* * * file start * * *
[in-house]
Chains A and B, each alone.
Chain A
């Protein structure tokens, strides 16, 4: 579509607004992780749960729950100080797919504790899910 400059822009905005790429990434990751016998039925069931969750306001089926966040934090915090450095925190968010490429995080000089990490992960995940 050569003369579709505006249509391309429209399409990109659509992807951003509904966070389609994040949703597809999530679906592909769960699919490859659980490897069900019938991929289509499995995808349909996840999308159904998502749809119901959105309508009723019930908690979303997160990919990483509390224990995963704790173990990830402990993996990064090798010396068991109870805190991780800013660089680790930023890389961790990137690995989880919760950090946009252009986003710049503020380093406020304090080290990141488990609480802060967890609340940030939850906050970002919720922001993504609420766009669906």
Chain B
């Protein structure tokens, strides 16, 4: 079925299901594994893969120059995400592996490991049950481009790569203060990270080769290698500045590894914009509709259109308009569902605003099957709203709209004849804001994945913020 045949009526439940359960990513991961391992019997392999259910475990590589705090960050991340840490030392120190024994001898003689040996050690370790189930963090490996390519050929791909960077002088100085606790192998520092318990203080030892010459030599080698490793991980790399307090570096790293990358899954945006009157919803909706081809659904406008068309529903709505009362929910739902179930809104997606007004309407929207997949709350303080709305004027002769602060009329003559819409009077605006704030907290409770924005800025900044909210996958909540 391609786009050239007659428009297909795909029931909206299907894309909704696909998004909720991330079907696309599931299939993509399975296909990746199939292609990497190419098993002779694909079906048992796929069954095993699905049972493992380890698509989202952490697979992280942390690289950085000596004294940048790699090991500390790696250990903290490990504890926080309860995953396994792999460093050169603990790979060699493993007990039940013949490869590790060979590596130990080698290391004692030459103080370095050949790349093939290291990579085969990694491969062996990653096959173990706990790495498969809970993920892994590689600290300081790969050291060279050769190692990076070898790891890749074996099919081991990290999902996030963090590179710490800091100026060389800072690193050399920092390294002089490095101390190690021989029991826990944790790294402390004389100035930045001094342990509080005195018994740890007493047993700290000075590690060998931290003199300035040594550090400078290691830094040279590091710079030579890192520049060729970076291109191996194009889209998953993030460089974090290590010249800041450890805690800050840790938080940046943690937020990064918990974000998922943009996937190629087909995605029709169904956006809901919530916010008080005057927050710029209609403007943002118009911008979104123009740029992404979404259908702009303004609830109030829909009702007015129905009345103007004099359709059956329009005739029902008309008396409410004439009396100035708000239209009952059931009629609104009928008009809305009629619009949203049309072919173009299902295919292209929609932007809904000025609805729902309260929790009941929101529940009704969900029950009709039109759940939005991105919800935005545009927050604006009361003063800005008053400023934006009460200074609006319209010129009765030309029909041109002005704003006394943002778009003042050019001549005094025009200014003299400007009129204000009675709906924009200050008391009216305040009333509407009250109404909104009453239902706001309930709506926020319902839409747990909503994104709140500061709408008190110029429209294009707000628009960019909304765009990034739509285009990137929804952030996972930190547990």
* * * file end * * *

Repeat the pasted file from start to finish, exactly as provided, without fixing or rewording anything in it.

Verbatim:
[in-house]
Chains A and B, each alone.
Chain A
């Protein structure tokens, strides 16, 4: 579509607004992780749960729950100080797919504790899910 400059822009905005790429990434990751016998039925069931969750306001089926966040934090915090450095925190968010490429995080000089990490992960995940 050569003369579709505006249509391309429209399409990109659509992807951003509904966070389609994040949703597809999530679906592909769960699919490859659980490897069900019938991929289509499995995808349909996840999308159904998502749809119901959105309508009723019930908690979303997160990919990483509390224990995963704790173990990830402990993996990064090798010396068991109870805190991780800013660089680790930023890389961790990137690995989880919760950090946009252009986003710049503020380093406020304090080290990141488990609480802060967890609340940030939850906050970002919720922001993504609420766009669906």
Chain B
């Protein structure tokens, strides 16, 4: 079925299901594994893969120059995400592996490991049950481009790569203060990270080769290698500045590894914009509709259109308009569902605003099957709203709209004849804001994945913020 045949009526439940359960990513991961391992019997392999259910475990590589705090960050991340840490030392120190024994001898003689040996050690370790189930963090490996390519050929791909960077002088100085606790192998520092318990203080030892010459030599080698490793991980790399307090570096790293990358899954945006009157919803909706081809659904406008068309529903709505009362929910739902179930809104997606007004309407929207997949709350303080709305004027002769602060009329003559819409009077605006704030907290409770924005800025900044909210996958909540 391609786009050239007659428009297909795909029931909206299907894309909704696909998004909720991330079907696309599931299939993509399975296909990746199939292609990497190419098993002779694909079906048992796929069954095993699905049972493992380890698509989202952490697979992280942390690289950085000596004294940048790699090991500390790696250990903290490990504890926080309860995953396994792999460093050169603990790979060699493993007990039940013949490869590790060979590596130990080698290391004692030459103080370095050949790349093939290291990579085969990694491969062996990653096959173990706990790495498969809970993920892994590689600290300081790969050291060279050769190692990076070898790891890749074996099919081991990290999902996030963090590179710490800091100026060389800072690193050399920092390294002089490095101390190690021989029991826990944790790294402390004389100035930045001094342990509080005195018994740890007493047993700290000075590690060998931290003199300035040594550090400078290691830094040279590091710079030579890192520049060729970076291109191996194009889209998953993030460089974090290590010249800041450890805690800050840790938080940046943690937020990064918990974000998922943009996937190629087909995605029709169904956006809901919530916010008080005057927050710029209609403007943002118009911008979104123009740029992404979404259908702009303004609830109030829909009702007015129905009345103007004099359709059956329009005739029902008309008396409410004439009396100035708000239209009952059931009629609104009928008009809305009629619009949203049309072919173009299902295919292209929609932007809904000025609805729902309260929790009941929101529940009704969900029950009709039109759940939005991105919800935005545009927050604006009361003063800005008053400023934006009460200074609006319209010129009765030309029909041109002005704003006394943002778009003042050019001549005094025009200014003299400007009129204000009675709906924009200050008391009216305040009333509407009250109404909104009453239902706001309930709506926020319902839409747990909503994104709140500061709408008190110029429209294009707000628009960019909304765009990034739509285009990137929804952030996972930190547990």